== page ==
With all that being said, I did enjoy your initial post and felt it was well done. Take care and keep up the good work.

  5. Amiel Blajchman


    Thanks for your comment. And you’re right (and maybe wrong). Saying I don’t know is similar to shrugging my shoulders… saying I don’t know, and trying to follow up, is not so much. I didn’t state that I would try to find out more, because I like to under-promise, and over-deliver. So, I’ll make a qualified: I’ll try to look into it, and find out more.

    I will say this though: I’m pretty happy to see that you follow your first rule. Debate is great, being rude and offensive, is not.


  6. Dave Braden

    Further comments:
    We have ben building extremely energy efficient houses since 1980. Our first house, monitored independently by Ontario Hydro heated for less than $40 for a year. We say to perspective clients that our costs are about 8 – 10 per cent more than minimum standard houses. In our case our 1,500 square foot house cost an extra 12 – 15 thousand dollars. The consequence is absolutely no need for air conditioning and heat savings of 90 – 95 %.
    The wall system is as follows:
    .house wrap
    .1/4″ chipboard
    .2×4 wall c/w R-14
    . a 5 1/2″ cavity with a R-22 batt
    .1/4″ chipboard
    .6 mil poly caulked perfectly
    .2×4″ wall c/w R-14 after services installed

    Basement slabs and walls are uniquely built.
    Our batteries are in a sealed box, elevated above the basement floor, and vented directly to outside.While they are guaranteed for 6 years , experience in my family with these exact batteries suggests that they will last 10 – 11 years. They are Canadian – called Rolls or Surettes (from the Maritimes).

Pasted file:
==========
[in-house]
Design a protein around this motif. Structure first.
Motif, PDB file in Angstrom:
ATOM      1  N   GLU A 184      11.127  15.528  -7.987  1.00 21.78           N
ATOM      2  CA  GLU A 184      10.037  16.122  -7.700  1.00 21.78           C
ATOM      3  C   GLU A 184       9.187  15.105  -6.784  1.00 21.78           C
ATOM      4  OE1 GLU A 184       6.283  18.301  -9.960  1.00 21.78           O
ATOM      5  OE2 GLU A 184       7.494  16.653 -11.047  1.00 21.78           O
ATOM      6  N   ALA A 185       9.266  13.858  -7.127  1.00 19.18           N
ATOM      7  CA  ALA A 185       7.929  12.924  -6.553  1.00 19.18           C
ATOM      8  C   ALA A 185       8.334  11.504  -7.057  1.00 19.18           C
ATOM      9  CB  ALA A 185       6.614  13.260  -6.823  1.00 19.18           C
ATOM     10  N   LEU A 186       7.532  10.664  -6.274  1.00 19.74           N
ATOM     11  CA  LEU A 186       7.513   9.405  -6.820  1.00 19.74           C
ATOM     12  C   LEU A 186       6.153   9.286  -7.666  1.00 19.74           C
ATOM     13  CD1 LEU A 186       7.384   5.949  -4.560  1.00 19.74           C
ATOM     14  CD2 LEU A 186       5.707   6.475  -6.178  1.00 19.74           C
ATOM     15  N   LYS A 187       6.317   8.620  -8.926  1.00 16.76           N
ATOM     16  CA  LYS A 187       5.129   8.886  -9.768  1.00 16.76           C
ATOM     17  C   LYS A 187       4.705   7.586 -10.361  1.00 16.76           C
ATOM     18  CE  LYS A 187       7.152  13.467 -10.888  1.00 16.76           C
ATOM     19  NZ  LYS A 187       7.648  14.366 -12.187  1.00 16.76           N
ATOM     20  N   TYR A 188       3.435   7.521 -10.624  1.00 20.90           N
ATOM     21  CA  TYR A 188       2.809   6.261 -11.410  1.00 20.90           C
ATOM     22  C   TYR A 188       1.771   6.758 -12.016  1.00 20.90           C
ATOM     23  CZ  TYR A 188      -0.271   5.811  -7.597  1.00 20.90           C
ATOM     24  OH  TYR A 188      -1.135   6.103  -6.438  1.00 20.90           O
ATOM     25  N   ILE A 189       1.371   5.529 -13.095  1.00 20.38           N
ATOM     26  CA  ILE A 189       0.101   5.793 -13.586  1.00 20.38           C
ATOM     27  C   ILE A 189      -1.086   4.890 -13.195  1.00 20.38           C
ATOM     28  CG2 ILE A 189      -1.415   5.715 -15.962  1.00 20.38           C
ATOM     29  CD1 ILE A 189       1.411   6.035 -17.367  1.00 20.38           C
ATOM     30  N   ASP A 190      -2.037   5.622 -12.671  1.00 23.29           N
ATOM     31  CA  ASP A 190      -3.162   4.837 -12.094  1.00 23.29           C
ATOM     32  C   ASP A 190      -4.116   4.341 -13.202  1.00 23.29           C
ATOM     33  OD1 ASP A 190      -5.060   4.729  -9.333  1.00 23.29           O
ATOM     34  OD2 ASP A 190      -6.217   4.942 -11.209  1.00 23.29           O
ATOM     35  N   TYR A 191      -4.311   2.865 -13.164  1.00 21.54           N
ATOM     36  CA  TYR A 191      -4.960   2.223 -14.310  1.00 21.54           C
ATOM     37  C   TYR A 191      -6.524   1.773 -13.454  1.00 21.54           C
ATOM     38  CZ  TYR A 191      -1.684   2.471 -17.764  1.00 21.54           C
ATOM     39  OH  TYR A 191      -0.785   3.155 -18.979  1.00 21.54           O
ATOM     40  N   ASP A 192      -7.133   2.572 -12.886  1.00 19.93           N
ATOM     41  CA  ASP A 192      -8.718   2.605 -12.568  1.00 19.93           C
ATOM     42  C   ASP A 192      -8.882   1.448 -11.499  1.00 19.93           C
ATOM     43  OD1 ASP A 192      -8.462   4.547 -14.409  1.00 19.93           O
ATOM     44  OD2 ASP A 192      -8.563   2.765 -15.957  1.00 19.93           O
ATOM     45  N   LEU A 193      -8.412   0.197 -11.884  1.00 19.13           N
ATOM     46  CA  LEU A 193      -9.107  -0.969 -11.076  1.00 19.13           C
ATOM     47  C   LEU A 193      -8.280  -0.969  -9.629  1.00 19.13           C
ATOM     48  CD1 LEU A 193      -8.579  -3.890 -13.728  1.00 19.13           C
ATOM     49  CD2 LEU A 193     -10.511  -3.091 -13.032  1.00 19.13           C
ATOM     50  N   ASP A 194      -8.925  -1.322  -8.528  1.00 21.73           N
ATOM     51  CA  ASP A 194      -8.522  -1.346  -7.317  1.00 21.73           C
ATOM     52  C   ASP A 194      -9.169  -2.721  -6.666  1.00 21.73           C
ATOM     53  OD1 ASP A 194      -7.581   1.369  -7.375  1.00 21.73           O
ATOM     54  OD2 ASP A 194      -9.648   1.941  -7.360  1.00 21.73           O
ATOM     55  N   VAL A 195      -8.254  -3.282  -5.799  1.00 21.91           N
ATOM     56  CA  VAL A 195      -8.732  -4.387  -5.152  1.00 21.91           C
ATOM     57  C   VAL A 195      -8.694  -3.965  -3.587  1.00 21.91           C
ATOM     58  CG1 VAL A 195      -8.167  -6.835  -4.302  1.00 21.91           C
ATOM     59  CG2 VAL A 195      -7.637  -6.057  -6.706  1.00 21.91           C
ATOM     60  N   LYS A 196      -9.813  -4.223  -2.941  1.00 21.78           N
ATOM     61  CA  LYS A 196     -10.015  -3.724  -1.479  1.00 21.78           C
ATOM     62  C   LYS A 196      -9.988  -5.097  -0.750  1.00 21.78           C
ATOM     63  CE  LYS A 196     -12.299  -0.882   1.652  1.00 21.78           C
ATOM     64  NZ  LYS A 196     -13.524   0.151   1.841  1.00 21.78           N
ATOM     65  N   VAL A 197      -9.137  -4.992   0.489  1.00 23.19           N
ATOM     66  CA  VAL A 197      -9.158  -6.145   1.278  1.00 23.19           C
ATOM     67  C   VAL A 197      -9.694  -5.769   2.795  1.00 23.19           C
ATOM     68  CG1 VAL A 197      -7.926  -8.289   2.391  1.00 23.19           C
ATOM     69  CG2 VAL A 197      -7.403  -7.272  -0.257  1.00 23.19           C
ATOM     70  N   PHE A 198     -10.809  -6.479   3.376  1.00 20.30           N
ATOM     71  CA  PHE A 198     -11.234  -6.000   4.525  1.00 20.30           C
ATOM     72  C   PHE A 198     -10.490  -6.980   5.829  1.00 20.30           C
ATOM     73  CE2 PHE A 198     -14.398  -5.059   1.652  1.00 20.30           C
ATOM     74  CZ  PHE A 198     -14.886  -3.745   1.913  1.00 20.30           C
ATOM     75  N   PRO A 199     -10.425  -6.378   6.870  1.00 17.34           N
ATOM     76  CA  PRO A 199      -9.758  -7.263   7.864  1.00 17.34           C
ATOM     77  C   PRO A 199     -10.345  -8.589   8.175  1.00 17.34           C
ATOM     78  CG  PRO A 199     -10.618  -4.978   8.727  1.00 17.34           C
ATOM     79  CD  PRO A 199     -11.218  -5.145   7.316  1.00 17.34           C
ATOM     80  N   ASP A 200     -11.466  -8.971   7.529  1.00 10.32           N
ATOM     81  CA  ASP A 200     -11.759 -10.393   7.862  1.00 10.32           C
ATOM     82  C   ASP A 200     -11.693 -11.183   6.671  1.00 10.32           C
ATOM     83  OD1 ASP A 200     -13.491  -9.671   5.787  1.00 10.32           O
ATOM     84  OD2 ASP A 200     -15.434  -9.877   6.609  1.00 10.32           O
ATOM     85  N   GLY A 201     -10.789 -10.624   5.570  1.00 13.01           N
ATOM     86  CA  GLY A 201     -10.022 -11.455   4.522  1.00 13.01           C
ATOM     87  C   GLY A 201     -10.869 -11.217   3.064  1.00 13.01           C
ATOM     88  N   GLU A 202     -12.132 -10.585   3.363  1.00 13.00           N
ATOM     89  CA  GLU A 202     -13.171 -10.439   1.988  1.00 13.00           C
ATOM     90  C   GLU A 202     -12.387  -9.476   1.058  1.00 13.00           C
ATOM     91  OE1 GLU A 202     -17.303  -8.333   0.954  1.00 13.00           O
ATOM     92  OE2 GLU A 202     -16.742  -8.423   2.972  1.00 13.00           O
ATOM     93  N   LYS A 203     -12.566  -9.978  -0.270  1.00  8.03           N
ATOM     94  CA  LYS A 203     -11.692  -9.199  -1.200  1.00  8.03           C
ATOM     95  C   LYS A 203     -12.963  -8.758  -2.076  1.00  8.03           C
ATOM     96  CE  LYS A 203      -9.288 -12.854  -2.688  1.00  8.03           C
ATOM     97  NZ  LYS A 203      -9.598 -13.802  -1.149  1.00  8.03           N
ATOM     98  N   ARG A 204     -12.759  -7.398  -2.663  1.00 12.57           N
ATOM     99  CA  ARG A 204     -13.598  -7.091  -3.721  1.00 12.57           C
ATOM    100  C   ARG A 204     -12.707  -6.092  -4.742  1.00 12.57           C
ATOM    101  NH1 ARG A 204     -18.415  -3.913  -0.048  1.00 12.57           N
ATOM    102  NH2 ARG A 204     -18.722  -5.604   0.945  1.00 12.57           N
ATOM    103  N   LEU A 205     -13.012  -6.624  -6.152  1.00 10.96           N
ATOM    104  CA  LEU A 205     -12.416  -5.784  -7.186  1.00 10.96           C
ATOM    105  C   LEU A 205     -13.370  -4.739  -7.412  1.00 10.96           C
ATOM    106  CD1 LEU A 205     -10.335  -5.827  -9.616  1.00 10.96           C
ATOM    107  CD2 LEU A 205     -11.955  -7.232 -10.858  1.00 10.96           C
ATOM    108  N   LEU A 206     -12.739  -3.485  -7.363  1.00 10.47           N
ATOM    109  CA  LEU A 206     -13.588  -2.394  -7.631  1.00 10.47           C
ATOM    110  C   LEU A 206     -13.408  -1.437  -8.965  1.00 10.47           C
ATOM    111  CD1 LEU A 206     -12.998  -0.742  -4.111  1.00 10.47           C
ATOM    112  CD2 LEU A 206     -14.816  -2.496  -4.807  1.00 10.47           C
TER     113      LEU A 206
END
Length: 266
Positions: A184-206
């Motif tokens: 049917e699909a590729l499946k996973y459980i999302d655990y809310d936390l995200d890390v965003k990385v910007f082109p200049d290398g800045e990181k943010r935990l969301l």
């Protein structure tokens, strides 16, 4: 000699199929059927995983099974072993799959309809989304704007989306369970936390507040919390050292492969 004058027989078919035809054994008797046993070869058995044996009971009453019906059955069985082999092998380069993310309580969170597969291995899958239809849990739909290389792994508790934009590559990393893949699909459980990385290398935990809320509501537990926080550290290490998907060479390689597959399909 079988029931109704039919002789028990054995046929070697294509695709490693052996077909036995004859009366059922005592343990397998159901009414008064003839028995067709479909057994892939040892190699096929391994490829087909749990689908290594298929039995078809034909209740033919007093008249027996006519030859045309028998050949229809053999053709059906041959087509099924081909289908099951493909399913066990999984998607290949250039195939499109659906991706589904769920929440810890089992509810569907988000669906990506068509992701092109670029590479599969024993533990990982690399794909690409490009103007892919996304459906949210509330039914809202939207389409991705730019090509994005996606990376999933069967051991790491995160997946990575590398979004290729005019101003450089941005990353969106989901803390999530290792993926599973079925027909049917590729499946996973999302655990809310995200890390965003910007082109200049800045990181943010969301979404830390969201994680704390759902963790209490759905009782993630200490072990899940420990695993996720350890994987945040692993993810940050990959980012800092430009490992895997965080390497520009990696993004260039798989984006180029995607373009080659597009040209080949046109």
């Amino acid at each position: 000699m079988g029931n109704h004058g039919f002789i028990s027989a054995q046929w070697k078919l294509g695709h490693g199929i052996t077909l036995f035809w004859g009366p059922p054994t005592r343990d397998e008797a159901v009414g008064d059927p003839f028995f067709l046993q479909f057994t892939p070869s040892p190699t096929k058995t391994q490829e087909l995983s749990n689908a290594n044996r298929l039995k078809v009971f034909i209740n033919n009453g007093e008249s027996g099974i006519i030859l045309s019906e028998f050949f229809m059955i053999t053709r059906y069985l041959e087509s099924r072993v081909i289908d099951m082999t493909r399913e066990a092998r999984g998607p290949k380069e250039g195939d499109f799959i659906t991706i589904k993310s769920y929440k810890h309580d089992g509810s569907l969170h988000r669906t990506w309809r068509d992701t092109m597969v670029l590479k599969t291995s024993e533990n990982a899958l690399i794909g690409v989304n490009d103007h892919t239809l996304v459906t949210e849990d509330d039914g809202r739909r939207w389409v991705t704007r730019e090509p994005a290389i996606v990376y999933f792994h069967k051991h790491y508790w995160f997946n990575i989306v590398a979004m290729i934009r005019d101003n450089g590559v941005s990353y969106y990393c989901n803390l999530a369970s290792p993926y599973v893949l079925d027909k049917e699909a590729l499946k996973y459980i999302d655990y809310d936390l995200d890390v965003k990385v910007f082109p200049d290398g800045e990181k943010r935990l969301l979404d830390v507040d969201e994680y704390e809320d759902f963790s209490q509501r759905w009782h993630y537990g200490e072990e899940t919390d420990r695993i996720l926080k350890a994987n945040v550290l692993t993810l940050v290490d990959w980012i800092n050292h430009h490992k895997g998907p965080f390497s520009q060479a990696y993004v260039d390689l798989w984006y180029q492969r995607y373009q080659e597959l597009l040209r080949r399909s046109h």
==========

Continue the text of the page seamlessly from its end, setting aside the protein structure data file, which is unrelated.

The picture of the attic shows where two rooflines join. We generally have at least three layers of batt insulation and a minimum of a 6″ air space to avoid overheating in summer.
    By the way we like the economics of two 2×4 walls. 2×6’s are too expensive for us as is foam board. As a guide, batt insulation is 1/3 the cost of foam board.
    We provide regular free house tours to help educate the public and promote discussion and education. Over 1,500 people have been through so far. Tours are arranged by Environment Hamilton 905 549-0900. People
    leave with an understanding of the fundamental problems of conventional houses and see how we have addressed these by affordable and understandable means. If there was a better way, we’d try it, but having tried many alternatives which involve cutting corners we know our methods solve the heating problem. I encourage interested parties to sign up for a tour.
    David Braden

  7. edit

    I’m glad that I find a forum discussing energy efficient house. I heard a lot’s of good things from Canadian projects. I think the best combination is super insulated foundation, a R-22+ outside walls, solar panels and a geoterm system. Sure basic construction price higher then conventional or stick build but in the long run homeowner will benefit. Especially this days when several tax credit available.